Injection molder Rolco Inc. is banking on a horseshoe of a different color.
The Kasota, Minn.-based firm has added a new two-shot press and annealing ovens to begin making a thermoplastic horseshoe that aims to become the equivalent of a Nike for the equine set.
``I can't help but think that if I were a horse, I think I'd prefer one of these to those iron things,'' said Mark McCourtney, vice president of sales and marketing.
The two-color shoe, made with special blends of polyurethane engineered by Huntsman Corp. to provide stability and flexibility, is the first two-shot polymer shoe available in North America, said Larry Schlasinger, director of Easywalker USA LLC. Chetek, Wis.-based Easywalker is the firm that hired Rolco.
The vast majority of horseshoes sold in the United States are the same iron design that have shod horses for centuries. But with an annual sales base estimated at $80 million, the horseshoe business is big.
``The market seems huge,'' McCourtney said. ``Even if they get just a small percentage of the market, it could be a great business.''
Schlasinger first saw the horseshoes in 2003 when visiting a friend in Europe. Horseshoe Technologies of Vienna, Austria, created the shoe with a base layer of one blend of urethane designed to provide structural support, and a top layer of a more flexible blend for traction.
The shoe had a visual clue to its two-shot background, using green for one blend and yellow for the other.
The Austrian creators eventually decided to get out of the business, and Schlasinger bought the company in early 2005, he said during a May 11 telephone interview.
Easywalker sold about 100,000 horseshoes from the back stock made in Europe, even as it sought out a U.S. manufacturer. At a trade show, the company encountered Rolco, a contract molder with a specialty in two-shot injection molding.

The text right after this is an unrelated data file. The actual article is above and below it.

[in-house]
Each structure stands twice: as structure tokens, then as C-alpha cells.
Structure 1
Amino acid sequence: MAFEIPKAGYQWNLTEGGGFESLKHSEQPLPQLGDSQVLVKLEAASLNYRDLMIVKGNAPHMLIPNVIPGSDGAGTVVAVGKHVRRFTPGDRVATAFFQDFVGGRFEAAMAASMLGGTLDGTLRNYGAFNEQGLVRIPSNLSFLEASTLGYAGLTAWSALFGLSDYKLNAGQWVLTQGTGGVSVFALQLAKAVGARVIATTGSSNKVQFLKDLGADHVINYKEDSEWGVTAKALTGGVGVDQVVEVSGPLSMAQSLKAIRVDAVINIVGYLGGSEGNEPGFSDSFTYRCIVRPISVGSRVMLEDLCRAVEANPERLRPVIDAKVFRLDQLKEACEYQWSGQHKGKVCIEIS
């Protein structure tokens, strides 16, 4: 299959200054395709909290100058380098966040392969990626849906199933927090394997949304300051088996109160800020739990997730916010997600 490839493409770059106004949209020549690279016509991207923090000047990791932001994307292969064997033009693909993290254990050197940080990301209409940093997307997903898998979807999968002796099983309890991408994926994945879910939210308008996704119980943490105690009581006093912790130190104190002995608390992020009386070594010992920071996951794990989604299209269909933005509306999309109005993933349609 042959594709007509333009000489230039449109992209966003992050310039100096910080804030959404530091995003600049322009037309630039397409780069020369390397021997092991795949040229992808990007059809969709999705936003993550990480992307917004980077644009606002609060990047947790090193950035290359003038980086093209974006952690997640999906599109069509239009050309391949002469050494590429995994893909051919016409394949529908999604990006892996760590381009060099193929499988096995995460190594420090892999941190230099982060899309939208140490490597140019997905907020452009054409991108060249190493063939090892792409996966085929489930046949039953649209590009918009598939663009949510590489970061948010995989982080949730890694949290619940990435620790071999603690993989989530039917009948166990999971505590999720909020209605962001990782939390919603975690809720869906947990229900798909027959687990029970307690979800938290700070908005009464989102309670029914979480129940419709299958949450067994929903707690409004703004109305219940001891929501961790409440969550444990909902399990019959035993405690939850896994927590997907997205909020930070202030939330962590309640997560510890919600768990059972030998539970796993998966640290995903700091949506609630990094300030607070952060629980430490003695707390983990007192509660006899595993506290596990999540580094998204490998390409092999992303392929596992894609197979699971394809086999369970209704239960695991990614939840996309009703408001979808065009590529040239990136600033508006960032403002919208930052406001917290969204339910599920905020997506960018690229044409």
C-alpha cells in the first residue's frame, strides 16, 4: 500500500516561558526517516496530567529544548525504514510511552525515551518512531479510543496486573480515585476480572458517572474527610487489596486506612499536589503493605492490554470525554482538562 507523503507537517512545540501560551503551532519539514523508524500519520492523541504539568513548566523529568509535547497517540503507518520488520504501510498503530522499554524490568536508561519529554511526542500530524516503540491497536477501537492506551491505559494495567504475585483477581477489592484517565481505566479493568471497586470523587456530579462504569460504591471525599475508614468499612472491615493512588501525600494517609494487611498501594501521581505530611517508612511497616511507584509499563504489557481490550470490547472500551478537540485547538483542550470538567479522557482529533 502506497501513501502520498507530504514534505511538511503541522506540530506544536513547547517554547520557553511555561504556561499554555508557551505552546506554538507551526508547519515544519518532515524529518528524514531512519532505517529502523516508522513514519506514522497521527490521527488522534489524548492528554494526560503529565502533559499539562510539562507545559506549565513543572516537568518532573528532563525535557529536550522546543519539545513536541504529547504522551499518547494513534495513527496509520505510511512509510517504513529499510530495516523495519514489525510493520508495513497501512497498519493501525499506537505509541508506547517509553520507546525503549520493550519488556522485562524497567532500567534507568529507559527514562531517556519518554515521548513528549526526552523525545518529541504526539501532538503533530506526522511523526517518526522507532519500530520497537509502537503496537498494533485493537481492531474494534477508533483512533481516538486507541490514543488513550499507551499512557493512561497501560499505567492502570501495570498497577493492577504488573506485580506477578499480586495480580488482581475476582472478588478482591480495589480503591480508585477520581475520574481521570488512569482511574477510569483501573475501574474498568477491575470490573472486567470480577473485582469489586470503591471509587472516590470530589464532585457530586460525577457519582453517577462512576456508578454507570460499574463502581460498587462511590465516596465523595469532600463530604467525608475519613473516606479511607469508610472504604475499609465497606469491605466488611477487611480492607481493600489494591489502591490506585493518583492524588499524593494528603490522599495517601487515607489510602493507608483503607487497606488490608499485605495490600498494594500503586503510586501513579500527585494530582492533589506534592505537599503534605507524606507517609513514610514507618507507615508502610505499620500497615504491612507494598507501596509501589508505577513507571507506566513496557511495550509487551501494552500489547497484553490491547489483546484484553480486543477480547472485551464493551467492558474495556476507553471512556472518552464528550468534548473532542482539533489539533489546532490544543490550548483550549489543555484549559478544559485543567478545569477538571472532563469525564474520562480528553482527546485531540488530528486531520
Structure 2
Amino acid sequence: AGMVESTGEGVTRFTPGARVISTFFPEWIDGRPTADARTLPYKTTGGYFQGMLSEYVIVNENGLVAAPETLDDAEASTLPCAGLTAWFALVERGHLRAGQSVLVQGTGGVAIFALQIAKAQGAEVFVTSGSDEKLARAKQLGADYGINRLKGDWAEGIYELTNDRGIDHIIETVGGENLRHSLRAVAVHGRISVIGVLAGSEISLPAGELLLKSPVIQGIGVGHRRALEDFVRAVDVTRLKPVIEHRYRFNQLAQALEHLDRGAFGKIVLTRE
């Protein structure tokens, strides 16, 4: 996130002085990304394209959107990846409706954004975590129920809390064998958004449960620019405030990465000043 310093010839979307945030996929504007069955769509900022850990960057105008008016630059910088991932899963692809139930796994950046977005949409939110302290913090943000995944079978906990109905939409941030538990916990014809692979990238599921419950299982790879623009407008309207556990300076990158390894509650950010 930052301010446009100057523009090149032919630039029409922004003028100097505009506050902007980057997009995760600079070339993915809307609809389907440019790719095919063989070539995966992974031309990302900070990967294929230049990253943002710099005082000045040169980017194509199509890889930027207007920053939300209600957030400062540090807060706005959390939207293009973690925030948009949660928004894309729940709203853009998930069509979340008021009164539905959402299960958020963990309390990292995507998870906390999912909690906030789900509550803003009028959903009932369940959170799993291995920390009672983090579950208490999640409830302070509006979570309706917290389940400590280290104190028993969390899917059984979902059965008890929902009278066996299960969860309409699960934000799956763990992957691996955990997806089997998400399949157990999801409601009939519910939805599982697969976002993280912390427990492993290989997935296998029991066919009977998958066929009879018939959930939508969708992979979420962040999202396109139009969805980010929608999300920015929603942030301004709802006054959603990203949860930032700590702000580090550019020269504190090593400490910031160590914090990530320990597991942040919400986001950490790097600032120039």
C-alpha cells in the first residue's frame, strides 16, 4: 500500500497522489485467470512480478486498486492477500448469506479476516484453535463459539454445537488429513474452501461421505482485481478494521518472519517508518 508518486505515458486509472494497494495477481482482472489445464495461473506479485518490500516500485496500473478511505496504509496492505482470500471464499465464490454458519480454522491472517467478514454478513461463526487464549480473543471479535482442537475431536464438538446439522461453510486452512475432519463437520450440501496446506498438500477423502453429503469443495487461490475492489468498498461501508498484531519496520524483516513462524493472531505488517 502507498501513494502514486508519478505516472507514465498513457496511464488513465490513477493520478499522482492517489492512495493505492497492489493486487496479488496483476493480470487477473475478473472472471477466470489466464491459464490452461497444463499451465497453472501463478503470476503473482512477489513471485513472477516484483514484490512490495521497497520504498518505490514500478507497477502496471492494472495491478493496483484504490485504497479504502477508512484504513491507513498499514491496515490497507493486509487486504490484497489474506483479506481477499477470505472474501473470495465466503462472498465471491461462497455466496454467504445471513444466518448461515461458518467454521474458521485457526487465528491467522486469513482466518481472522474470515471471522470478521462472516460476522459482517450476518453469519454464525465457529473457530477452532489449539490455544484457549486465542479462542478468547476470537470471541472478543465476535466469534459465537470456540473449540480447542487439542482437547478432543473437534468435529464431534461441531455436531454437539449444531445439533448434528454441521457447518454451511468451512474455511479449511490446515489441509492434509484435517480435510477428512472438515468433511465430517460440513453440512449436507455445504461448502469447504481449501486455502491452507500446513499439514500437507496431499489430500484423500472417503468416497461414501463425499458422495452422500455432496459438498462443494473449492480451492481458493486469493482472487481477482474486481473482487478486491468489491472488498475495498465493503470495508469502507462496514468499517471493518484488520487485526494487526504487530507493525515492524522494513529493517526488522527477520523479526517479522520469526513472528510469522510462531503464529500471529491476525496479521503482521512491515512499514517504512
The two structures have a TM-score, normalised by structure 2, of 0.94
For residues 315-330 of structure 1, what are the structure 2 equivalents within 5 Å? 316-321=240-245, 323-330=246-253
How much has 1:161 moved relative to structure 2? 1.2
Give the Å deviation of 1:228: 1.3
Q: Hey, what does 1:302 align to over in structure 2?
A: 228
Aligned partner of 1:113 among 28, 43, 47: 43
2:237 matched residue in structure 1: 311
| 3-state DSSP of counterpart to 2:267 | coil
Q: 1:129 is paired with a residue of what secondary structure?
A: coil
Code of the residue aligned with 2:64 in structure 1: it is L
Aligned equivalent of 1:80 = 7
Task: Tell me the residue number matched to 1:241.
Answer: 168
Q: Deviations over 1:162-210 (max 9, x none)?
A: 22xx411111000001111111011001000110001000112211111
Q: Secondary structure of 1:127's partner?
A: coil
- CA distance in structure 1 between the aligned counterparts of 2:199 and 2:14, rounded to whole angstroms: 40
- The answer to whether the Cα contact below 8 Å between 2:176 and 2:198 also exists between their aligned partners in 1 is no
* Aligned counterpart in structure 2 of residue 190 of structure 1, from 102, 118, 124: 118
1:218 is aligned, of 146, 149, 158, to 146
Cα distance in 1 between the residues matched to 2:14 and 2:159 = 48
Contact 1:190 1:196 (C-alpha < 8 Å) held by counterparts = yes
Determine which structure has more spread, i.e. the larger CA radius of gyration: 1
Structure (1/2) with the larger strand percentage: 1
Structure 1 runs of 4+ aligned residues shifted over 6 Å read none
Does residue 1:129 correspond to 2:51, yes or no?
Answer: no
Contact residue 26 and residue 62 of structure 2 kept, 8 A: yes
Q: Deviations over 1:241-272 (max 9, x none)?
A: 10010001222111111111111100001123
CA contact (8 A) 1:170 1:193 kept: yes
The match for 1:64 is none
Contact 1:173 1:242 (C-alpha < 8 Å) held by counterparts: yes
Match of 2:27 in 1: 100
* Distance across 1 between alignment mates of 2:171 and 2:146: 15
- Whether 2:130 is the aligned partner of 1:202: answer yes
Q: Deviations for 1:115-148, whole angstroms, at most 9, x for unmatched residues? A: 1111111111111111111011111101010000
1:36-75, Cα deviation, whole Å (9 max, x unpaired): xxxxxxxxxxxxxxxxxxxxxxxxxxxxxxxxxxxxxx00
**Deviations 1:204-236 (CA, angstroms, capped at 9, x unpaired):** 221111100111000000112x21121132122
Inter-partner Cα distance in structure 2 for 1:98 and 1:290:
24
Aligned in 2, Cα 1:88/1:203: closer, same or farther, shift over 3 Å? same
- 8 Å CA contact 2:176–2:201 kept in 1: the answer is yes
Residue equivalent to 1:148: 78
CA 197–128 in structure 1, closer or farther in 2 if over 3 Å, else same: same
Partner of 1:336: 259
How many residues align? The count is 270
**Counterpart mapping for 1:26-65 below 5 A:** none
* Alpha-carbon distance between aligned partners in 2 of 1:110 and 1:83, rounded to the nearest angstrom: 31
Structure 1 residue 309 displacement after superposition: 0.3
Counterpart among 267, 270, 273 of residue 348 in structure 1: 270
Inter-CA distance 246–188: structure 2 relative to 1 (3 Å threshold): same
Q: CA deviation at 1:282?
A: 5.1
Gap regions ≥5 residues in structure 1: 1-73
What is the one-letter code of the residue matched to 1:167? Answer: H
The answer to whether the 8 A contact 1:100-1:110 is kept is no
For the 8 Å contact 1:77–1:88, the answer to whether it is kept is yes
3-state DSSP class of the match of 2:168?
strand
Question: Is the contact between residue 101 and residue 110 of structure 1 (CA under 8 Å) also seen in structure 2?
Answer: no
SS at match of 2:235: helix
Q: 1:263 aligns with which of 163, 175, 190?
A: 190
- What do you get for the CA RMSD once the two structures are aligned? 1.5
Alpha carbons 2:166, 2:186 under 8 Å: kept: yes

Ten of Rolco's 32 presses are two-shot machines. The 300-ton Krauss-Maffei press purchased for the Easywalker contract is the company's third 300-ton machine in a fleet that goes down to a 7-ton press.
``We're investing in the future of their company as well as ours by adding equipment,'' McCourtney said. ``They're putting a lot of money into advertising and promotion, and we're both anxious to see this grow.''
Easywalker has been promoting the shoes with farriers and horse owners, with an extra focus on participants in endurance and jumping events to promote the product's capability as a lightweight performance shoe.
McCourtney is quick to point out that the multimaterial makeup means the company could produce shoes that match team or even national colors for equestrian events.
A major breakthrough will not be easy, though. Easywalker's shoe sells at $13, compared with about $2 for a standard iron shoe.
Even considering that the urethane system can outlast metal on some surfaces and Schlasinger's take on improved animal health with the lighter, flexible system, Easywalker faces a steep sales curve.
``People talk about a product forcing a paradigm shift when they're marketing something new,'' McCourtney said. ``This is a paradigm that goes back a very long way.''